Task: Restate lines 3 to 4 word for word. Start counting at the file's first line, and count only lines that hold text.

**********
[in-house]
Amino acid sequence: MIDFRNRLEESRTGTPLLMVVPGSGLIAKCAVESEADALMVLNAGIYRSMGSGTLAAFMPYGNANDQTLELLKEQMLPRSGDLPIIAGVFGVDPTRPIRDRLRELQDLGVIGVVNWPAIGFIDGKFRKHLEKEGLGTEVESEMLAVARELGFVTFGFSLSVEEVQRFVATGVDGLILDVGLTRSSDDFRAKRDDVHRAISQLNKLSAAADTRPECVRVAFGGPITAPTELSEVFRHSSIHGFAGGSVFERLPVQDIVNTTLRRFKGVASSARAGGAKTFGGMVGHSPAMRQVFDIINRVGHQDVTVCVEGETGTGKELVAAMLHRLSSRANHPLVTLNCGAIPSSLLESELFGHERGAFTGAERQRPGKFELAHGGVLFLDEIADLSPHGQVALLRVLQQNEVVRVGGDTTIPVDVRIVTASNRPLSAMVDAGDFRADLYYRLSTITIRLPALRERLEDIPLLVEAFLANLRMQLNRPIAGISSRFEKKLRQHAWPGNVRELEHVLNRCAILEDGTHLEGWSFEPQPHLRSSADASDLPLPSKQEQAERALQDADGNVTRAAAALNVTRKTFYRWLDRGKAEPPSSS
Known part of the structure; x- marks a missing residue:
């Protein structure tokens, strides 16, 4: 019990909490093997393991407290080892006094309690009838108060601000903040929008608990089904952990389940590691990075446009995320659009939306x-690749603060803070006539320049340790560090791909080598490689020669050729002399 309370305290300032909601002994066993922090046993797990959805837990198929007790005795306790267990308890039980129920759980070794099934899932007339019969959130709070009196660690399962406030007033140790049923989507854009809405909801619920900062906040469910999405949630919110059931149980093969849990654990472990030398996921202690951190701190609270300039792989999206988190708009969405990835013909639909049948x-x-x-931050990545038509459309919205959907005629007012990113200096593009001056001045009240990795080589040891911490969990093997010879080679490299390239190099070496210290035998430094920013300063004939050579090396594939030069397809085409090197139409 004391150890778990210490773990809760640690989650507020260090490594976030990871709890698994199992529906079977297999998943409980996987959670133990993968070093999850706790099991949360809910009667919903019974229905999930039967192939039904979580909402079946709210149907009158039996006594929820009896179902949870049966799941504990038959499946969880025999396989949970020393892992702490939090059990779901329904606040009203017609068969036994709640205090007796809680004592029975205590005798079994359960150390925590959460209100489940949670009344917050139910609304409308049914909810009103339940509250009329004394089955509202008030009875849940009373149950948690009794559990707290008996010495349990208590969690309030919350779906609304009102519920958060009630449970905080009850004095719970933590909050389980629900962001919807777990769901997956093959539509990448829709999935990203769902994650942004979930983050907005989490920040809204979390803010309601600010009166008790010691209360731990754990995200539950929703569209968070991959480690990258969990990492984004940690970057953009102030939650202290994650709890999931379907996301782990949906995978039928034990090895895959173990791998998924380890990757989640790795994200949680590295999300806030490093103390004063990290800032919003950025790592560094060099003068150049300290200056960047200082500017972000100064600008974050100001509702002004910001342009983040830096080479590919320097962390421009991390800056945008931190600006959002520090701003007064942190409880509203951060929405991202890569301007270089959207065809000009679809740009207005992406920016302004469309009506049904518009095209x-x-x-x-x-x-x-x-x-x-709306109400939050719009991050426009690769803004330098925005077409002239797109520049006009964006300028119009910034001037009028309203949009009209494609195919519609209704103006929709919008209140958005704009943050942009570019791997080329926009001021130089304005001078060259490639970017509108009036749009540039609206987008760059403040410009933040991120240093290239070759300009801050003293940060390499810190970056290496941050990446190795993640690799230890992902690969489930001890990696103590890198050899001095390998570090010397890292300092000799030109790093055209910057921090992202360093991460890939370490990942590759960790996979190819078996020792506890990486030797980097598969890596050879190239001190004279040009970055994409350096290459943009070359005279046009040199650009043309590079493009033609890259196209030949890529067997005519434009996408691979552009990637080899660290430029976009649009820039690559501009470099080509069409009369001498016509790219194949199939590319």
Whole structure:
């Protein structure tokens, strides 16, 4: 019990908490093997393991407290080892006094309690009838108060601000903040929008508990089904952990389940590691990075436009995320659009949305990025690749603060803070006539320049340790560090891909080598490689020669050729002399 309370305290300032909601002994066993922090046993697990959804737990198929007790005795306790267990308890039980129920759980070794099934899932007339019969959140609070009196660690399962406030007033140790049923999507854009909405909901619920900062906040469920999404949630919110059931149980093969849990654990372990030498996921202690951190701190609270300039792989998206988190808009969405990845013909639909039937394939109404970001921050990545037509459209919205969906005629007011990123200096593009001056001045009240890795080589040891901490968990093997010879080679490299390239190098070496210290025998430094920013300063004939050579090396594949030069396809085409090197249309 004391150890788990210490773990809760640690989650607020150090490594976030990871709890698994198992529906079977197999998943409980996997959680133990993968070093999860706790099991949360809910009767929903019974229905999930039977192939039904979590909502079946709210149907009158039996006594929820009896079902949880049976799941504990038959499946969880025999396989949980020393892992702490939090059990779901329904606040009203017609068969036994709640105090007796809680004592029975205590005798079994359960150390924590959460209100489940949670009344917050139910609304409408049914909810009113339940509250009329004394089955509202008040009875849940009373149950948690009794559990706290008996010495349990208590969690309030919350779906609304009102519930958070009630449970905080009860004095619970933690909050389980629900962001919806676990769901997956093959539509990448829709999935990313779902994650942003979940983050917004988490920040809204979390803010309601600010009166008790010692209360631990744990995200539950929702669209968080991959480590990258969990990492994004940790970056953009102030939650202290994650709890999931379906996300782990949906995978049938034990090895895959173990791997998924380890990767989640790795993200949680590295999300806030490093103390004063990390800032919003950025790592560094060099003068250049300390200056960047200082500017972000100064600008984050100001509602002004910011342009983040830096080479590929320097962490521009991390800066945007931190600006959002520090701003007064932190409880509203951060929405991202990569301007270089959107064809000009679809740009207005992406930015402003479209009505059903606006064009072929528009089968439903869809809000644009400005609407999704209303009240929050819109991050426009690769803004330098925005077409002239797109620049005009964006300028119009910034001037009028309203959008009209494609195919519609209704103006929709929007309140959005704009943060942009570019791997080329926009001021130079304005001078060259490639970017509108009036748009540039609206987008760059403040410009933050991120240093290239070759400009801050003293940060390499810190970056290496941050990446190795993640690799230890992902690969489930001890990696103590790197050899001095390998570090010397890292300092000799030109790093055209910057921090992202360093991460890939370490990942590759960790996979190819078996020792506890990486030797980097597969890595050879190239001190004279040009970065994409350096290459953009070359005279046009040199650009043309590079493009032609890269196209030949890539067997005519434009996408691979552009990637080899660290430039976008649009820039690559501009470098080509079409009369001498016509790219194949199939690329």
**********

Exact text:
Known part of the structure; x- marks a missing residue:
């Protein structure tokens, strides 16, 4: 019990909490093997393991407290080892006094309690009838108060601000903040929008608990089904952990389940590691990075446009995320659009939306x-690749603060803070006539320049340790560090791909080598490689020669050729002399 309370305290300032909601002994066993922090046993797990959805837990198929007790005795306790267990308890039980129920759980070794099934899932007339019969959130709070009196660690399962406030007033140790049923989507854009809405909801619920900062906040469910999405949630919110059931149980093969849990654990472990030398996921202690951190701190609270300039792989999206988190708009969405990835013909639909049948x-x-x-931050990545038509459309919205959907005629007012990113200096593009001056001045009240990795080589040891911490969990093997010879080679490299390239190099070496210290035998430094920013300063004939050579090396594939030069397809085409090197139409 004391150890778990210490773990809760640690989650507020260090490594976030990871709890698994199992529906079977297999998943409980996987959670133990993968070093999850706790099991949360809910009667919903019974229905999930039967192939039904979580909402079946709210149907009158039996006594929820009896179902949870049966799941504990038959499946969880025999396989949970020393892992702490939090059990779901329904606040009203017609068969036994709640205090007796809680004592029975205590005798079994359960150390925590959460209100489940949670009344917050139910609304409308049914909810009103339940509250009329004394089955509202008030009875849940009373149950948690009794559990707290008996010495349990208590969690309030919350779906609304009102519920958060009630449970905080009850004095719970933590909050389980629900962001919807777990769901997956093959539509990448829709999935990203769902994650942004979930983050907005989490920040809204979390803010309601600010009166008790010691209360731990754990995200539950929703569209968070991959480690990258969990990492984004940690970057953009102030939650202290994650709890999931379907996301782990949906995978039928034990090895895959173990791998998924380890990757989640790795994200949680590295999300806030490093103390004063990290800032919003950025790592560094060099003068150049300290200056960047200082500017972000100064600008974050100001509702002004910001342009983040830096080479590919320097962390421009991390800056945008931190600006959002520090701003007064942190409880509203951060929405991202890569301007270089959207065809000009679809740009207005992406920016302004469309009506049904518009095209x-x-x-x-x-x-x-x-x-x-709306109400939050719009991050426009690769803004330098925005077409002239797109520049006009964006300028119009910034001037009028309203949009009209494609195919519609209704103006929709919008209140958005704009943050942009570019791997080329926009001021130089304005001078060259490639970017509108009036749009540039609206987008760059403040410009933040991120240093290239070759300009801050003293940060390499810190970056290496941050990446190795993640690799230890992902690969489930001890990696103590890198050899001095390998570090010397890292300092000799030109790093055209910057921090992202360093991460890939370490990942590759960790996979190819078996020792506890990486030797980097598969890596050879190239001190004279040009970055994409350096290459943009070359005279046009040199650009043309590079493009033609890259196209030949890529067997005519434009996408691979552009990637080899660290430029976009649009820039690559501009470099080509069409009369001498016509790219194949199939590319």